So I thought it was inspired by a scene from Love Actually, that’s now probably quite problematic in retrospect. And I, but I also have a sort of, I guess, apprehension or anxiety about public speaking. I actually did not speak my vows. So I wrote them all on cue cards. And there was a song playing, which was The Magnetic Fields’ It’s Only Time, which I arranged with the DJ beforehand. I think only maybe three or four people knew what I was doing, which was the celebrant, the DJ, and Showtime who I dropped the cue cards off to the day before. And Molly, I think the day before, Molly was getting her nails done for three or four hours, that gave me a bit of an opportunity.

But I had to do quite a lot of things that day and I think the celebrant was of the opinion that it just was not going to work, even though she knew it was going to happen. And in the end, it was quite nice. And sort of—

16:20

Molly:

I actually asked you at one point to stop.

16:25

Malcolm:

Because it was becoming a bit emotionally intense for her I think, yeah. But you know, we got that together in the end. And there were a lot of coded messages in the cue cards as well. Like, the last cue card was a line from Almost Famous. But it wasn’t about music. It was about Molly over here.

16:44

Molly:

Yeah, it was so special. And I think every single guest was crying by the end. People who were there, they still bring that up. Like I think people just haven’t seen that done before. And we actually had a live stream to going to my family and friends in the UK, and got messages from them afterwards going, “That was just so unique.” They couldn’t believe it. It’s quite special.

17:25

Dorothy:

I love it, it made it really yours. And I love that it’s also kind of a way to get over that. Like the vulnerability of professing your innermost thoughts in front of all your family and friends is quite intense. So to get around that by something really romantic is really special.

17:40

Malcolm:

I think one of the first cards had a joke on it to break the tension and it said something like, “Molly because we agreed I wouldn’t do a PowerPoint presentation.”

17:52

Dorothy:

I saw that! I was going, “Okay, I need to know the whole story.” So let’s talk about music. Because it’s obviously even from the references you’ve made in our chat, very important to you. And you a special song coming in as you walked down the aisles or down the steps. And then you also welcomed your guests into the reception with another song. And then you had song as the special music thing with your favours. So tell me about all of the different music that you included and how you included it and all that kind of stuff.

18:20

Malcolm:

Yeah, I think obviously the sign when we welcomed the guests into the reception space, which was the long table down the centre of the Old Melbourne Gaol. That was the Prodigy remix of Lust for Life by Iggy Pop.

18:32

Molly:

And what I think is important there is that we actually, we did a room reveal which, at the time I thought was so so cheesy. But we wanted to keep—because where the little grotto was, and then where the table was, it’s actually all in open space in the gaol. So Showtime organized a big curtain to block it off because I really didn’t want anyone to see the florals or the table set up until we were ready.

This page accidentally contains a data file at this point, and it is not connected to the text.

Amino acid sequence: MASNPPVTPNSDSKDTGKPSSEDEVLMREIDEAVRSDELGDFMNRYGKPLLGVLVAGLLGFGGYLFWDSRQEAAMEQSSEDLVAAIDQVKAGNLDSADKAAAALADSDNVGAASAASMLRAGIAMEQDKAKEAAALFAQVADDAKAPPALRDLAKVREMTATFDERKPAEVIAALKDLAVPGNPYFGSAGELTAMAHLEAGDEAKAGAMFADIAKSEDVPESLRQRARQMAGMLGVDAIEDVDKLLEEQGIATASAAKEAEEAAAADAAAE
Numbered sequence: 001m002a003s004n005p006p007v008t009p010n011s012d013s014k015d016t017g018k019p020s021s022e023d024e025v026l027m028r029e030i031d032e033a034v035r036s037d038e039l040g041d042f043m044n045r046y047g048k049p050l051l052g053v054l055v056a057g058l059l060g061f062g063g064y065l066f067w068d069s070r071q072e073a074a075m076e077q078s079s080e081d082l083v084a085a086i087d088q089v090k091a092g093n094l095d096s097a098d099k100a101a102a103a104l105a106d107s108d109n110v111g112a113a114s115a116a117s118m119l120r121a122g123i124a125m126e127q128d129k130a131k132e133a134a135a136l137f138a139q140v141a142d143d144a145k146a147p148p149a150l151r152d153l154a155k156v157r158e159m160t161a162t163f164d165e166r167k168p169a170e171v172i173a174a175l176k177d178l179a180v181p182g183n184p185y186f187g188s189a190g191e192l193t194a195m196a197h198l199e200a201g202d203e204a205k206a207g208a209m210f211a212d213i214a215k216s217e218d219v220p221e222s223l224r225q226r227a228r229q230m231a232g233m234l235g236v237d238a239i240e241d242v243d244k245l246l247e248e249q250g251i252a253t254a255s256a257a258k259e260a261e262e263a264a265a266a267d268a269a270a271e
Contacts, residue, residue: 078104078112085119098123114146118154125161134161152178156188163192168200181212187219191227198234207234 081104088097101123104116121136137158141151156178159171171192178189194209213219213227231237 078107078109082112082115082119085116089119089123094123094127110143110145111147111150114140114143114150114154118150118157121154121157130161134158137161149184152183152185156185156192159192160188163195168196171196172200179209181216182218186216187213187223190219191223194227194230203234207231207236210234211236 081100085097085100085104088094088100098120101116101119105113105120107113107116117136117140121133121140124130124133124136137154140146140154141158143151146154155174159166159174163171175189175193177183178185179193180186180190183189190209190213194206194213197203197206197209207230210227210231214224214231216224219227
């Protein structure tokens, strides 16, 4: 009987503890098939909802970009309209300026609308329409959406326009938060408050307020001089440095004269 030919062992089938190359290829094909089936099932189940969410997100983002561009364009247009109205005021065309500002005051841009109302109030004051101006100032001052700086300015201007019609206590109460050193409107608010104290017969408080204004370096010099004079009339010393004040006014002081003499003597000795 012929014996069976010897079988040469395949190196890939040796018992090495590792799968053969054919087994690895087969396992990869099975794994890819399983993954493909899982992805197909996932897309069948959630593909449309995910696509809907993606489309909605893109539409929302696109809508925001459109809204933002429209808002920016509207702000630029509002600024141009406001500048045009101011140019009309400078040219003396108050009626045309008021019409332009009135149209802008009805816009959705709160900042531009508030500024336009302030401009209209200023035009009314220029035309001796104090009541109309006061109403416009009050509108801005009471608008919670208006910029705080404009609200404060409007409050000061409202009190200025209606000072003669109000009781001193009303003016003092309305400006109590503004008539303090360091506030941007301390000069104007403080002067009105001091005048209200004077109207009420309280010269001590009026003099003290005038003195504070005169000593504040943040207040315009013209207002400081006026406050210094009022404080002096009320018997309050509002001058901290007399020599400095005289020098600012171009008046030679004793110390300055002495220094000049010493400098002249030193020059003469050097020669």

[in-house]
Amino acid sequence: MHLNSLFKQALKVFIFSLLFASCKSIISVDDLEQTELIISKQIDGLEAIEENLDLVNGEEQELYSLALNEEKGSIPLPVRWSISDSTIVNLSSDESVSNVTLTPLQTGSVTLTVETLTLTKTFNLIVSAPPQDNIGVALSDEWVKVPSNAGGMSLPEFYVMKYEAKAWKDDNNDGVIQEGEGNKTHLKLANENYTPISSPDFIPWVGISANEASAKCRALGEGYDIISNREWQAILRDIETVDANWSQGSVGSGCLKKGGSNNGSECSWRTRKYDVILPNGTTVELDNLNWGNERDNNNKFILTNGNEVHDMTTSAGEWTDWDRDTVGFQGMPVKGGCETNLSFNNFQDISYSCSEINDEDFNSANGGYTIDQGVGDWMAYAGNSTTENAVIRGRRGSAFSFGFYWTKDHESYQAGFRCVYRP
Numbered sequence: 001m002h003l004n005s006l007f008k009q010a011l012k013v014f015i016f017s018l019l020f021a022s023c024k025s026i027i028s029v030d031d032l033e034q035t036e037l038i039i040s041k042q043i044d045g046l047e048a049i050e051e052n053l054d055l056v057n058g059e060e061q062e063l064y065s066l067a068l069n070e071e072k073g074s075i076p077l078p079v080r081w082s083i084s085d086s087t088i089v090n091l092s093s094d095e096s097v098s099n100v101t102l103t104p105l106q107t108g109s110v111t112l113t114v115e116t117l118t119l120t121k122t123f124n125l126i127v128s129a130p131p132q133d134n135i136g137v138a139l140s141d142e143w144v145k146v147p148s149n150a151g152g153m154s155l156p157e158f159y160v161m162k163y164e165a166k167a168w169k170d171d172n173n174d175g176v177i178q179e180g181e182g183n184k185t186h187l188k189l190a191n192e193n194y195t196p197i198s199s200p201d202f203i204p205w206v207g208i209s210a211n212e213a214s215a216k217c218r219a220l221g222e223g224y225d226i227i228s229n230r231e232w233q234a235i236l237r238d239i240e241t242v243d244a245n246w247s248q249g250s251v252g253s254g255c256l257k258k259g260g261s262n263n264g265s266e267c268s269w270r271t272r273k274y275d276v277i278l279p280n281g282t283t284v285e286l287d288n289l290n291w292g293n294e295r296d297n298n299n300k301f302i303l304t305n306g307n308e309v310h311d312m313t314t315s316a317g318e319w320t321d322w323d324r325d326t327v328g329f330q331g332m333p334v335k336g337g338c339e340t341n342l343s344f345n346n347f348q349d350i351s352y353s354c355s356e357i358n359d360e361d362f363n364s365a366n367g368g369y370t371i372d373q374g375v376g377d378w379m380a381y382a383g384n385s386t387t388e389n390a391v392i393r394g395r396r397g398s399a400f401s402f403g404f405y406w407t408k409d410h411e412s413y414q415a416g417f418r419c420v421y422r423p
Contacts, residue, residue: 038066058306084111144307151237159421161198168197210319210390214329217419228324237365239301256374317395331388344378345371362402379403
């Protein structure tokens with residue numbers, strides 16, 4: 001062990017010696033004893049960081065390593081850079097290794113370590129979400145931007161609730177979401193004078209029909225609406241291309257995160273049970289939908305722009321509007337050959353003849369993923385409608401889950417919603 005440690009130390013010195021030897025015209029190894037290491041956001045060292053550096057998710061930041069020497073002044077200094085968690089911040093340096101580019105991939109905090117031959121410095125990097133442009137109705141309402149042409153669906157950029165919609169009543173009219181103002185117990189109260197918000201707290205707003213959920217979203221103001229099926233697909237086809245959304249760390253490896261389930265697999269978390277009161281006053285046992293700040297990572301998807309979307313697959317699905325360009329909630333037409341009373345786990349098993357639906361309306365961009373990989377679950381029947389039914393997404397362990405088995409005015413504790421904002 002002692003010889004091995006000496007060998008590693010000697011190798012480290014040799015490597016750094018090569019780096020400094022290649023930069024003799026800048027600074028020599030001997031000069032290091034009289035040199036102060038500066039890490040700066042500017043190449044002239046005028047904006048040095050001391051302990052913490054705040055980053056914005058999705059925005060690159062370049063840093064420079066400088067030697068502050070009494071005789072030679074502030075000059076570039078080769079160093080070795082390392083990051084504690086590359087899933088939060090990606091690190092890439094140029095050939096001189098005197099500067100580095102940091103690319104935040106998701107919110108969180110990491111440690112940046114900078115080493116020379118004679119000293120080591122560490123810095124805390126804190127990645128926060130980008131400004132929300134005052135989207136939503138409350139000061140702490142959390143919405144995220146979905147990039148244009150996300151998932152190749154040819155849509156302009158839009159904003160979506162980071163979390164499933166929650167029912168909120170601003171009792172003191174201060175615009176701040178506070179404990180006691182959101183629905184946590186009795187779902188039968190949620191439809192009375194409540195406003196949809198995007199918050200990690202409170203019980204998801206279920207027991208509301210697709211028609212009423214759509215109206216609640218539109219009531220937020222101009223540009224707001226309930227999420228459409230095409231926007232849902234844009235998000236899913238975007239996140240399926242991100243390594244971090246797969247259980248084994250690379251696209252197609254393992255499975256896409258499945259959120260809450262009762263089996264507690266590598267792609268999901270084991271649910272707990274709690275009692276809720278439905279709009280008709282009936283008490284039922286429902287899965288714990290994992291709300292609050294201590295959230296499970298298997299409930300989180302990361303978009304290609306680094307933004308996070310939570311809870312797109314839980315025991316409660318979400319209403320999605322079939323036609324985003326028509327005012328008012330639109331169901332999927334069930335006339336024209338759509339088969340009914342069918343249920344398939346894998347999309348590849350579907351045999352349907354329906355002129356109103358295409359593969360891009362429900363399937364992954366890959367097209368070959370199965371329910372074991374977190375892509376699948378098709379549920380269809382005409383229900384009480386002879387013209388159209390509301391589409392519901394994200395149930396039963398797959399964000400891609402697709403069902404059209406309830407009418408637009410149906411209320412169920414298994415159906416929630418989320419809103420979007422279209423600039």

So we then timed the Iggy Pop song with the curtain being drawn back to like drop when the beat drops to pull back. And that was so cool. And we actually stood inside where the table was and looked at to our guests, so we got to see their reaction to seeing the room. That felt like a reverse entrance.

19:24

Malcolm:

Instead of them welcoming the newlyweds.

19:28

Molly:

Yeah. Sorry. Music.

19:32

Dorothy:

No, no, I could go for a tangent.

19:35

Malcolm:

We actually did something with our guests beforehand. We asked them all what their favourite love song was and we ended up compiling about 100. And obviously they will not fit on an audio CD. And it turned out it didn’t even fit on a data CD. So we created this little CD cover, and it had a range of things on it which I’ll go through but we also had a download link for the 101 songs so they could download them when they got home. And so the front cover of the CD said, “If you’re reading this we’re already married”, which was a take on, you know, the Drake album. And then the inside cover said let love in, which is obviously a Nick Cave one.

We had a light feature that said that as well like a neon sign fluorescent light, which was set up near the entrance when people arrived, and then we had obviously the artists and the songs on on the other inside cover. And on the back cover. We actually used—it’s a meme generator. It’s the album meme generator. And instead of the album, saying “I hate being bipolar, it’s awesome!”, we said, “We love you like Kanye loves Kanye”.

20:49

Molly:

And then of course, that got a bit problematic.

20:53

Malcolm:

It was probably problematic at the time, but you know. Yeah. Old habits die hard.

20:58

Dorothy:

I love the stories. I love the stories. So let’s talk about attire. So, Molly, you wanted to skip dress shopping altogether, and you went straight to D’italia who put you in touch with a dressmaker. And Malcolm, you wore a beautiful green suit. So let’s talk about attire. Who wants to go first on this one?

21:15

Molly: